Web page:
lasers use excited atoms or molecules to amplify light.
Free-electron lasers (FEL) use a high-energy electron beam as an
The electron beam emits light as it wiggles through a periodic magnetic
structure called undulator. The light is stored in in an optical
cavity, and can interact back with the electrons. This interaction
leads to a modulation of the electronic density, and a growth in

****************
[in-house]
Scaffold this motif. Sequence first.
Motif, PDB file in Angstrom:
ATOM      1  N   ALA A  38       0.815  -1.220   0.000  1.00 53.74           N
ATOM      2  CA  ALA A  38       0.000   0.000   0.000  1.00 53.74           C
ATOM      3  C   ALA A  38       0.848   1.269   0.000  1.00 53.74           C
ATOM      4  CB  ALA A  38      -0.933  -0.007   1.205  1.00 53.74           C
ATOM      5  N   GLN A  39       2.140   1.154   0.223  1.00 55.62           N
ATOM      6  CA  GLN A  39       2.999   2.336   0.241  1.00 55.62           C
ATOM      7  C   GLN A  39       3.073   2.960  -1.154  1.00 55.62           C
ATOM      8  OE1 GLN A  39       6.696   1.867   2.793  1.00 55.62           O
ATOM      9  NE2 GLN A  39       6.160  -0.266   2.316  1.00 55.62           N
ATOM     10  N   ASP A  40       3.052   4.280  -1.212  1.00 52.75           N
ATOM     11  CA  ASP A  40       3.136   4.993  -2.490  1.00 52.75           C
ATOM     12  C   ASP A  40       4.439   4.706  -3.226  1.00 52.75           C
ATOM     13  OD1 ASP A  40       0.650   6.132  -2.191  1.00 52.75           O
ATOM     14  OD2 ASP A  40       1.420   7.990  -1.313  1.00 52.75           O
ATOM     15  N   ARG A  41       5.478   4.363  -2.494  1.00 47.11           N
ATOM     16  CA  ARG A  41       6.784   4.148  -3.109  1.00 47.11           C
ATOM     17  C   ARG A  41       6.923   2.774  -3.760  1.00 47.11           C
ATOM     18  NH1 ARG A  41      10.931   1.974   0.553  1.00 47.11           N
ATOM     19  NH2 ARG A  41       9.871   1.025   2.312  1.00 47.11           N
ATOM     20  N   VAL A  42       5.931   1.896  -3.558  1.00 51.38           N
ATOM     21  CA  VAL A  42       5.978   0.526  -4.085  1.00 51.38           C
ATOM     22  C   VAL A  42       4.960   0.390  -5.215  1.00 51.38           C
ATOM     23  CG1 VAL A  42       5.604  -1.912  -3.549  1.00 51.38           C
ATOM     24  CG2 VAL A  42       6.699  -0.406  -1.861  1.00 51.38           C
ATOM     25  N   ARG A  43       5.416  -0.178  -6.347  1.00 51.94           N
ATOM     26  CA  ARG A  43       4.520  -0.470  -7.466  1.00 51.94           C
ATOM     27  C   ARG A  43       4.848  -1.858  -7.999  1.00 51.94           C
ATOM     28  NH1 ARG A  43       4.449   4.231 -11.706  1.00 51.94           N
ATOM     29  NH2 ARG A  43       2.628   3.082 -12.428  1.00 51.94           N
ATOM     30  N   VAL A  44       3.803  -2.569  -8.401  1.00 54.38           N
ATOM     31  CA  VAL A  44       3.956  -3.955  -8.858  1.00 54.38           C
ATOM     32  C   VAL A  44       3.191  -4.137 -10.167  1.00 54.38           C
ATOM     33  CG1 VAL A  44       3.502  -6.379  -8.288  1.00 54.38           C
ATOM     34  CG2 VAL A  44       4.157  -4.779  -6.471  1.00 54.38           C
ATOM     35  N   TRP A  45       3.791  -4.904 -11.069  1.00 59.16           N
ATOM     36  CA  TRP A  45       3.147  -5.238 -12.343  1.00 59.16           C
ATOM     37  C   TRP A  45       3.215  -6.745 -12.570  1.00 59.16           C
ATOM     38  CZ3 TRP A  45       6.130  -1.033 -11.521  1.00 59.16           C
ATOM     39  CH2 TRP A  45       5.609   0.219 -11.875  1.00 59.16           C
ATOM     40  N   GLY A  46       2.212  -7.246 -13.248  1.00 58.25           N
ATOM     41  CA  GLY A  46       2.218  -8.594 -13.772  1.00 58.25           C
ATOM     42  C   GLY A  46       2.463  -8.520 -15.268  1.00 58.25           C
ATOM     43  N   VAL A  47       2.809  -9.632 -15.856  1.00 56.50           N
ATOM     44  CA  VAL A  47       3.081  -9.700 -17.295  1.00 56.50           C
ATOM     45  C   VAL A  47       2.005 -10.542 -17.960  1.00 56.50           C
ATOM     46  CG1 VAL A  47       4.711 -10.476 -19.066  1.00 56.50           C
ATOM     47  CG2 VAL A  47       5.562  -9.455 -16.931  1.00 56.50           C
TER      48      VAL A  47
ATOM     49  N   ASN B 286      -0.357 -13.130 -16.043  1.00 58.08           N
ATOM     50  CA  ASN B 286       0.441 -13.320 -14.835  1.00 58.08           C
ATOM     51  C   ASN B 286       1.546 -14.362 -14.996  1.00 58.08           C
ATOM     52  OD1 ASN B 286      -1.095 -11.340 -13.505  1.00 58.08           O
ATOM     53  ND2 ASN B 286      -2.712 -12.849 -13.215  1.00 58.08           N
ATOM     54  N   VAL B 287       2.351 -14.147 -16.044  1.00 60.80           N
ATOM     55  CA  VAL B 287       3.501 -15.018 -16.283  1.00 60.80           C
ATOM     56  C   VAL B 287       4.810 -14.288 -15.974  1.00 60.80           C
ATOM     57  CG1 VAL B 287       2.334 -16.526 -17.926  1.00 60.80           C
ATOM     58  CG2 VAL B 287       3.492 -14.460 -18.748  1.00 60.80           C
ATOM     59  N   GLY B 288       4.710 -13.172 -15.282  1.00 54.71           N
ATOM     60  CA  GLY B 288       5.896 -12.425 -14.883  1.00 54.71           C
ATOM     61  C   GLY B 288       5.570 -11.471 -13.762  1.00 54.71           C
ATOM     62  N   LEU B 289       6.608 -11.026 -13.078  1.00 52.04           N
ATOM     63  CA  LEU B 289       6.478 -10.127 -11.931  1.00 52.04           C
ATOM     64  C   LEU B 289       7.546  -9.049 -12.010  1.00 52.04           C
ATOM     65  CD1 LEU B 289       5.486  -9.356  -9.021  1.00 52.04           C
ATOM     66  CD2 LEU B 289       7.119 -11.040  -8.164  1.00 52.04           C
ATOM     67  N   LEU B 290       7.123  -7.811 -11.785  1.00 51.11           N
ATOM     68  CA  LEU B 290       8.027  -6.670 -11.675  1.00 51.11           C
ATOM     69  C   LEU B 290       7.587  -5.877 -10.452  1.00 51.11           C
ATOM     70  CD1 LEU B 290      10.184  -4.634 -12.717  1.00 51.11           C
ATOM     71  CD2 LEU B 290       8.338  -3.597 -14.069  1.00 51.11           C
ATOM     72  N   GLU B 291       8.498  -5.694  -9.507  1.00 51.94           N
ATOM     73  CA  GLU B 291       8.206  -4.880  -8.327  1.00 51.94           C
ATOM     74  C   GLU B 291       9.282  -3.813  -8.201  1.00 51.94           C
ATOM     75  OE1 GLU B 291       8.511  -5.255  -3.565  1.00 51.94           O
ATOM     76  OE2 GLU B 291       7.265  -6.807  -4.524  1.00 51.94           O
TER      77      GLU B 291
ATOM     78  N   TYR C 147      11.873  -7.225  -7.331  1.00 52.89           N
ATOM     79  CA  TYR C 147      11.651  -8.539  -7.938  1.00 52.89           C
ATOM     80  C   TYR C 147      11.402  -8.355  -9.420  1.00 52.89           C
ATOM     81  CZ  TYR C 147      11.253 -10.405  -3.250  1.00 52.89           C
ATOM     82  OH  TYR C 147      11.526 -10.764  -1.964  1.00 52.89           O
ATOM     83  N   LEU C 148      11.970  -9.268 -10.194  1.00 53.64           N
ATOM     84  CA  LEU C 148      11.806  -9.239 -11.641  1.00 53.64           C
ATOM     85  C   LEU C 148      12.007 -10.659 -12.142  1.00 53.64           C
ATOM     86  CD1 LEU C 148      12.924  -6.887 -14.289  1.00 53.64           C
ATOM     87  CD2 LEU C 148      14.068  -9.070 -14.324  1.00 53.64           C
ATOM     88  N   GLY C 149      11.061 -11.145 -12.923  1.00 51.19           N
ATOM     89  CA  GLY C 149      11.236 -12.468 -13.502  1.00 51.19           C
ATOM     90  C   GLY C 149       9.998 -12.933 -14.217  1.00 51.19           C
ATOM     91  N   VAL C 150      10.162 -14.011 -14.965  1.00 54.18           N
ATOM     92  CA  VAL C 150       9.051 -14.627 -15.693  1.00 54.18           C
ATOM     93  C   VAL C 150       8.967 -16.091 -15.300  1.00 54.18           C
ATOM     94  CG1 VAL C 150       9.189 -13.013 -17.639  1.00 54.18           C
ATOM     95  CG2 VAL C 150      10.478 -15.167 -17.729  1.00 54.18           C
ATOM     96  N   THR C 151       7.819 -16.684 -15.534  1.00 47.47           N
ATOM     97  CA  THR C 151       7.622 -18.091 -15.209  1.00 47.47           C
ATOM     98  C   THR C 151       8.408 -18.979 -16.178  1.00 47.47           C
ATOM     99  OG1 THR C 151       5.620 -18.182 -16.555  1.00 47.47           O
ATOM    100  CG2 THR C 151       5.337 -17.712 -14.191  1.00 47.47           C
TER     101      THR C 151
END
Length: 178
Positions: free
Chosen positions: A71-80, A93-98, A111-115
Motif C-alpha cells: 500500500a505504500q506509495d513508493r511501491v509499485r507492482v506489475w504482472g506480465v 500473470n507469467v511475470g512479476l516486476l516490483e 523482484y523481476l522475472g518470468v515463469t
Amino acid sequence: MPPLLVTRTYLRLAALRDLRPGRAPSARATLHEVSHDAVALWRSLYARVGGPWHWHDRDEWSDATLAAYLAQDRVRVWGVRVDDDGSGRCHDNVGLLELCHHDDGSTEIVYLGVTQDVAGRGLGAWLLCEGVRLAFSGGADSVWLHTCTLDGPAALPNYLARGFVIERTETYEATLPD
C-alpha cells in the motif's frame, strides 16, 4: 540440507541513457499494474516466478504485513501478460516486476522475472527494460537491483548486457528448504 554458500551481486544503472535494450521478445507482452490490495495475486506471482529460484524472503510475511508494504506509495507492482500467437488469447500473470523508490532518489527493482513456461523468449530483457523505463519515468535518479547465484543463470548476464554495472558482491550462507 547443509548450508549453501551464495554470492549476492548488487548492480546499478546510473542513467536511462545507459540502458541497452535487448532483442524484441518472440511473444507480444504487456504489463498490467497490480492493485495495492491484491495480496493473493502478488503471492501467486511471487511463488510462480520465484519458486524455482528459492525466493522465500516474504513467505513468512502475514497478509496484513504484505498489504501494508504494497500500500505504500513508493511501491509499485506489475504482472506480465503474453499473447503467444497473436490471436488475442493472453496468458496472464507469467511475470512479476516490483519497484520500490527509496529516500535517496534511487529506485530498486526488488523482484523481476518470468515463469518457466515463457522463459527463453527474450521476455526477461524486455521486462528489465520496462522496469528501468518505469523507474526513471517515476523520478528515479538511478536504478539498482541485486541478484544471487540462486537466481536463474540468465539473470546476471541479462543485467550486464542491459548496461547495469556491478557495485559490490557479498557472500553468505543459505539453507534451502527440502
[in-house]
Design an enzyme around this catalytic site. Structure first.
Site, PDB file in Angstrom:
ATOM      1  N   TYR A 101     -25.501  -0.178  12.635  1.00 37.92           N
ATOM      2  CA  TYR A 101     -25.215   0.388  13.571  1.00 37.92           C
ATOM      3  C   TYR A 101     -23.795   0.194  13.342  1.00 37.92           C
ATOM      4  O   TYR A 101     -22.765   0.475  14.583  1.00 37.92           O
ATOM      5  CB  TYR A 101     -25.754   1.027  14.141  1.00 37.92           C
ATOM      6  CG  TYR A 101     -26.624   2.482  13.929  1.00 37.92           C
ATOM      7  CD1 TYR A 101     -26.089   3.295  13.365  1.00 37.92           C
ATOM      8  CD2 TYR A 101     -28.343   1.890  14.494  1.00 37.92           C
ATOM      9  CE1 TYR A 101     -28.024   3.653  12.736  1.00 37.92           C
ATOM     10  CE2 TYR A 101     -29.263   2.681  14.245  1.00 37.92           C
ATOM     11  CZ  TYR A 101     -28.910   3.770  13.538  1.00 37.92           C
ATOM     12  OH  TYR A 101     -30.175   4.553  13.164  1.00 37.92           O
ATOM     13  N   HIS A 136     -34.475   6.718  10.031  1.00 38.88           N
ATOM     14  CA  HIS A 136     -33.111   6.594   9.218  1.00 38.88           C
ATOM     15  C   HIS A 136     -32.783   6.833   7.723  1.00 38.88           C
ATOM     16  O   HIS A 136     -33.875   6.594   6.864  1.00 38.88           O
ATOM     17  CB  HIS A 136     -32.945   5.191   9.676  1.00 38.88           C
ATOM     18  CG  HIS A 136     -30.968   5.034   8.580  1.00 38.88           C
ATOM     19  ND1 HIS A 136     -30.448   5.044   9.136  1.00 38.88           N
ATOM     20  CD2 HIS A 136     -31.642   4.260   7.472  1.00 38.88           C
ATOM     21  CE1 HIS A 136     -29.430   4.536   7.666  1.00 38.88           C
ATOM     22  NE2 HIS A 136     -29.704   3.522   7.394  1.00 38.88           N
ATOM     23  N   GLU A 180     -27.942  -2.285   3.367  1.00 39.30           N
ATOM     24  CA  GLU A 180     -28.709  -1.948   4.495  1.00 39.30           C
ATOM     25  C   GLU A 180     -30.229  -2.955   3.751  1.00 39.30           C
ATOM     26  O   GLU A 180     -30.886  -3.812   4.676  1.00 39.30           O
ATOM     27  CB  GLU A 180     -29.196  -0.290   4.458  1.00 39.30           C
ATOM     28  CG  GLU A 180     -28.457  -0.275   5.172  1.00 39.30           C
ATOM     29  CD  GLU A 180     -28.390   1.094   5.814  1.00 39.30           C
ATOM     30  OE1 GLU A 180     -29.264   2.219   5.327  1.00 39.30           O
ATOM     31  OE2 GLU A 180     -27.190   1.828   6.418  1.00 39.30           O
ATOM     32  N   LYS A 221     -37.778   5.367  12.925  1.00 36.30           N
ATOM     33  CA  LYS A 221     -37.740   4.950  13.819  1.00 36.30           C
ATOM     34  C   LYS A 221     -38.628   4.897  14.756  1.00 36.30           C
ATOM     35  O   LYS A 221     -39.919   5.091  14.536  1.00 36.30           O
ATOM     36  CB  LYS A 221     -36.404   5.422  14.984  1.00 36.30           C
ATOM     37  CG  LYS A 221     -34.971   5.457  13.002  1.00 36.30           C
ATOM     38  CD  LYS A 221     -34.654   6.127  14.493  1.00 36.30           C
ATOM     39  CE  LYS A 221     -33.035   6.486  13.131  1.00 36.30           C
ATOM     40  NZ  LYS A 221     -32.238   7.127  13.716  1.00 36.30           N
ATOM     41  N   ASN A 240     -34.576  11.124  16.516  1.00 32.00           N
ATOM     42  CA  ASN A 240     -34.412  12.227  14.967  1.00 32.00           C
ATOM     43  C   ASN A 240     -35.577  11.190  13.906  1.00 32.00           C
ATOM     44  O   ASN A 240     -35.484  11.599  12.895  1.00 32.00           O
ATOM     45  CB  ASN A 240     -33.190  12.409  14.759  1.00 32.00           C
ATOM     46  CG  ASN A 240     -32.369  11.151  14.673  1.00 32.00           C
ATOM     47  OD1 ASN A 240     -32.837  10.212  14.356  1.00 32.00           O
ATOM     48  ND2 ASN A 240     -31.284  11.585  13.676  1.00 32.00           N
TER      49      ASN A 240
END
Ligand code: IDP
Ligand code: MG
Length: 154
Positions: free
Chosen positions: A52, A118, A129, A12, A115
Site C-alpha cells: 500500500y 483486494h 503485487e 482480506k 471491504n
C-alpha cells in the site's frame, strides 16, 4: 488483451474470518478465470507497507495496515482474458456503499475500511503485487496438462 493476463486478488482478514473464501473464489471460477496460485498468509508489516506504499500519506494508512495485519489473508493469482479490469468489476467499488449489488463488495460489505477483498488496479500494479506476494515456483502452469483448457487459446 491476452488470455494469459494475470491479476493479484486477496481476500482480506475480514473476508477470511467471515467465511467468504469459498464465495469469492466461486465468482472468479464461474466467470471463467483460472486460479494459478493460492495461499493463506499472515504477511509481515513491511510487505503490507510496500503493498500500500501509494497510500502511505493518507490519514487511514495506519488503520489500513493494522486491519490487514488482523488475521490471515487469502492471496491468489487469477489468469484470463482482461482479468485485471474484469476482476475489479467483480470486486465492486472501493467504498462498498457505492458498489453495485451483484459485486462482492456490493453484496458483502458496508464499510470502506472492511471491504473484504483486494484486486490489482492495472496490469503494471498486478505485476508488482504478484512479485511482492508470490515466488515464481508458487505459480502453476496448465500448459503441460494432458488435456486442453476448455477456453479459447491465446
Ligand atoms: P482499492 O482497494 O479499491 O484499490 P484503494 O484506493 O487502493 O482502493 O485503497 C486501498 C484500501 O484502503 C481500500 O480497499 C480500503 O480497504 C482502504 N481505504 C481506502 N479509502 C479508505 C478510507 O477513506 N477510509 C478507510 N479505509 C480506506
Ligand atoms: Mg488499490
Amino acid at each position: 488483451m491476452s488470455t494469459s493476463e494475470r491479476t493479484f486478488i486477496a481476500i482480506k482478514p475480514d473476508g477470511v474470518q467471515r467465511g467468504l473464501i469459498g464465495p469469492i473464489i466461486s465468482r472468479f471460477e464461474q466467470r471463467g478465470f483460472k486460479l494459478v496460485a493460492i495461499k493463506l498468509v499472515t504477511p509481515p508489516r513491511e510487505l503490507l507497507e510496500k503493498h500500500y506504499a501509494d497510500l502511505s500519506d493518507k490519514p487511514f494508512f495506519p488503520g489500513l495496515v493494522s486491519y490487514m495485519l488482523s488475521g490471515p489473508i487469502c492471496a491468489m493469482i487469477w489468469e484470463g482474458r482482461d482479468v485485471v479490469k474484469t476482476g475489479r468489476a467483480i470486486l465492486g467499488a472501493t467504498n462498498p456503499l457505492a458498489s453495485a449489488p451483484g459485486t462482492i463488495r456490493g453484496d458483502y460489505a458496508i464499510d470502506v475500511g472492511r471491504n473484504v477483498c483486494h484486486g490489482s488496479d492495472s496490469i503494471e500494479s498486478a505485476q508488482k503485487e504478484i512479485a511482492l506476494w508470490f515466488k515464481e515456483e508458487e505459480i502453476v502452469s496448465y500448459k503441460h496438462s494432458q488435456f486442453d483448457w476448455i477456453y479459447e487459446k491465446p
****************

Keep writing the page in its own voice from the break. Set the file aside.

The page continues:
intensity and coherence of the emitted light.
The radiated wavelength depends on the energy of the electrons, the
undulator period and the applied magnetic field. In principle, any
wavelength can be produced from X-ray to THz. But most FEL up
now operate in a wavelength range spanning from UV to far-infrared.
Limitations occur mostly from the electron beam quality and of course,
the cumbersomeness and price of the required particle accelerators.
A different laser
- Undulator radiation